Format: Streaming video from NetFlix on various players.
By the time it wraps up, Angel Heart has gone through almost a half dozen gruesome and grisly murders and has moved from New York to New Orleans. But the film could have essentially been a short feature. We as the audience jump through a lot of hoops and have to keep a lot of plates spinning to get to the final sequence that finally reveals what many of us will deduce from previous scenes. Ultimately, we realize that a great deal of the film could have been handled by extending an early scene instead. Because of this, Angel Heart is about the journey rather than the destination.
Downtrodden private investigator Harold Angel (Mickey Rourke, back when he still had his own face) is contacted by a lawyer named Winesap (Dann Florek) to meet with a client. This client, Louis Cyphre (Robert De Niro) is an imposing gentleman with a full beard, immaculate black suit, and long, pointed fingernails that intentionally look like claws. Cyphre tells Harry Angel that a singer who was starting to make a name for himself a dozen years previous during World War II has backed out on his contract. He wants Angel to track the man down.
The story is that the missing man, Johnny Favorite, suffered severe neurological damage during the war and has been holed up in a hospital for years. Angel goes to investigate and finds that the man was transferred out of the hospital almost as soon as he arrived. Despite the story of neurological damage, Johnny Favorite walked out with some extensive facial reconstruction surgery and vanished. Angel tracks down the doctor responsible (Michael Higgins) to get the full story. Since the doctor is a morphine addict, Angel leaves him to dry out a little, but when he returns, the doctor is dead in an apparent suicide.
Following a few more leads, Angel discovers that some people who played with Johnny Favorite are still around in New Orleans. Additionally, a woman who used to read tarot cards and tell fortunes in the city has gone down to New Orleans as well. Angel tracks down these people as well, and after talking to the fortune teller, Margaret Krusemark (Charlotte Rampling) and the blues man Toots Sweet (Brownie McGhee), both of them turn up dead and horribly mutilated.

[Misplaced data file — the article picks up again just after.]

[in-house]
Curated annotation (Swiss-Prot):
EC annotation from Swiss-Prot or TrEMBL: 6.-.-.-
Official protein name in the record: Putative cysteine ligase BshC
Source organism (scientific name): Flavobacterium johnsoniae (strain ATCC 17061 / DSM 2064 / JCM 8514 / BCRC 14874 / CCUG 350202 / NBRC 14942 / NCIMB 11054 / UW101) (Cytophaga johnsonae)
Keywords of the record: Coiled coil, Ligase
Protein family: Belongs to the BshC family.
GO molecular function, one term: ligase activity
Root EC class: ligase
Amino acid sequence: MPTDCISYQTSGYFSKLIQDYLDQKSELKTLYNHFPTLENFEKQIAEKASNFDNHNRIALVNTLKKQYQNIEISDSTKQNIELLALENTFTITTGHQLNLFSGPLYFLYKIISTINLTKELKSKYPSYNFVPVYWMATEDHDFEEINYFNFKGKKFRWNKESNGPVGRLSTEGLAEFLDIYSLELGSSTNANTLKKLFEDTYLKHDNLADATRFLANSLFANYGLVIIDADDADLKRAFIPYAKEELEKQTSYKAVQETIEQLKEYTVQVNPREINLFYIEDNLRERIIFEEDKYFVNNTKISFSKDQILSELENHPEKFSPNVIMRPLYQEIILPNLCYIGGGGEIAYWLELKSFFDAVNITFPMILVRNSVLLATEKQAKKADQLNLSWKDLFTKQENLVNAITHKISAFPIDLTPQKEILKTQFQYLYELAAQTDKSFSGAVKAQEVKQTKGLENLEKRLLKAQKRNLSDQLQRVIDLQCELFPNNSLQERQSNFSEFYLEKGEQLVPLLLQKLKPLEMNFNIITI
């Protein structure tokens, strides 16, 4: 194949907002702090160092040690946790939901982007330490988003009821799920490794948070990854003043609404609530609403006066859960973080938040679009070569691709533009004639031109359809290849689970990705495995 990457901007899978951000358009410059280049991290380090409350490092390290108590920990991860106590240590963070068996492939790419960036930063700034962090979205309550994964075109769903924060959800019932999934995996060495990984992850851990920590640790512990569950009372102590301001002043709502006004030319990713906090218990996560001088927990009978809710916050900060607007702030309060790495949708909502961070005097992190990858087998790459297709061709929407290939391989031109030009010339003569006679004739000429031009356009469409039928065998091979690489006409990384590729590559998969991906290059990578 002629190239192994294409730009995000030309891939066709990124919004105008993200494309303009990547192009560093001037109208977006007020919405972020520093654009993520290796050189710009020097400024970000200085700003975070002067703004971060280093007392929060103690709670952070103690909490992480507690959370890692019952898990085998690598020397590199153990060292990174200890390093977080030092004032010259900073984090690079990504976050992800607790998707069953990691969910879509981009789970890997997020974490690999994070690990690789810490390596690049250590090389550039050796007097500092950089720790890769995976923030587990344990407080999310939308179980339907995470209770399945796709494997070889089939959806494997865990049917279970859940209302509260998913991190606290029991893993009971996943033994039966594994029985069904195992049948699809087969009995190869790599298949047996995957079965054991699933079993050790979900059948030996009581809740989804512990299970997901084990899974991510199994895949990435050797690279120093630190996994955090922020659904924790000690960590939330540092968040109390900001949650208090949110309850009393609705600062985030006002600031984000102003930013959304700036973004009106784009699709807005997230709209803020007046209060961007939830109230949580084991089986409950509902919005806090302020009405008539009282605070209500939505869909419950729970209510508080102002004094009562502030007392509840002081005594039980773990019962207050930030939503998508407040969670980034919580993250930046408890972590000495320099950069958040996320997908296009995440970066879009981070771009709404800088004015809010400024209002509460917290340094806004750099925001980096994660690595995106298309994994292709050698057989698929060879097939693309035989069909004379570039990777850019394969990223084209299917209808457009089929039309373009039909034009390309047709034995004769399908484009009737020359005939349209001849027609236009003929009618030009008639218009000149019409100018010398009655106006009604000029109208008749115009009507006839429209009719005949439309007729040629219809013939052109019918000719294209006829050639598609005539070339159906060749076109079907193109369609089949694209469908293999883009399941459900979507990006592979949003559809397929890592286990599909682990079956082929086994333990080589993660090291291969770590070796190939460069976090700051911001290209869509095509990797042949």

Eventually, Harry Angel turns up Epiphany Proudfoot (Lisa Bonet), who claims to be the daughter of Johnny Favorite. Epiphany is connected to the late Toots Sweet by being a part of his Voodoo sect. And things simply get weirder from here. It turns out that Johnny Favorite made a pact with the devil (hence the name “Louis Cyphre”), who is searching for the man to finally claim his soul. And Harry Angel has been thrust into the middle of what increasingly appears to be a battle not just on Earth, but in the supernatural realm as well.
The single best thing about Angel Heart is that it doesn’t hold back even a little. There’s a little bit of gore here, but there’s a lot more implied. Toots Sweet’s death in particular is described a couple of times, and it’s the sort of thing that will make any man slip into the fetal position for a few minutes. While the gore is generally tame, there’s blood a-plenty throughout the film. There’s also a blood-drenched sex scene that manages to be partly erotic and partly disturbing at the same time.
It’s nice to remember that once upon a time Mickey Rourke actually had a pretty good career, even in films like this one where it feels like he’s trying to channel Bruce Willis. Rourke has always had some acting chops when he was given the chance to use them, and he’s pretty good here. It’s De Niro who steals the film in every scene he’s in, though. He plays an interesting version of the devil. Aside from a single moment of glowing yellow eyes, he’s actually kind of effete. This doesn’t prevent him from bringing a particular menace to the screen, but he’s almost genteel in the way he does it.
When Angel Heart was released, I remember it being thought of as Lisa Bonet graduating from her Cosby Show role into more adult roles. It certainly has that feel to it. She’s not in a lot of scenes, but she makes the most of the scenes she’s in.
While there’s a moment of realization that come at the end—the realization that all of this could have been handled without the messy deaths and investigation—there is also the realization that doing it that way would make this entirely unsatisfying. We need to follow the journey to understand exactly what we’re going to. It’s the only way to invest us emotionally in the story being told.
Angel Heart turns out to be a pretty interesting film. It has the added bonus of reminding the world that once upon a time, Mickey Rourke was considered one of the best-looking men in Hollywood for a reason.
Why to watch Angel Heart: De Niro’s fingernails.
Why not to watch: Goes a long way for what turns out to be a short journey.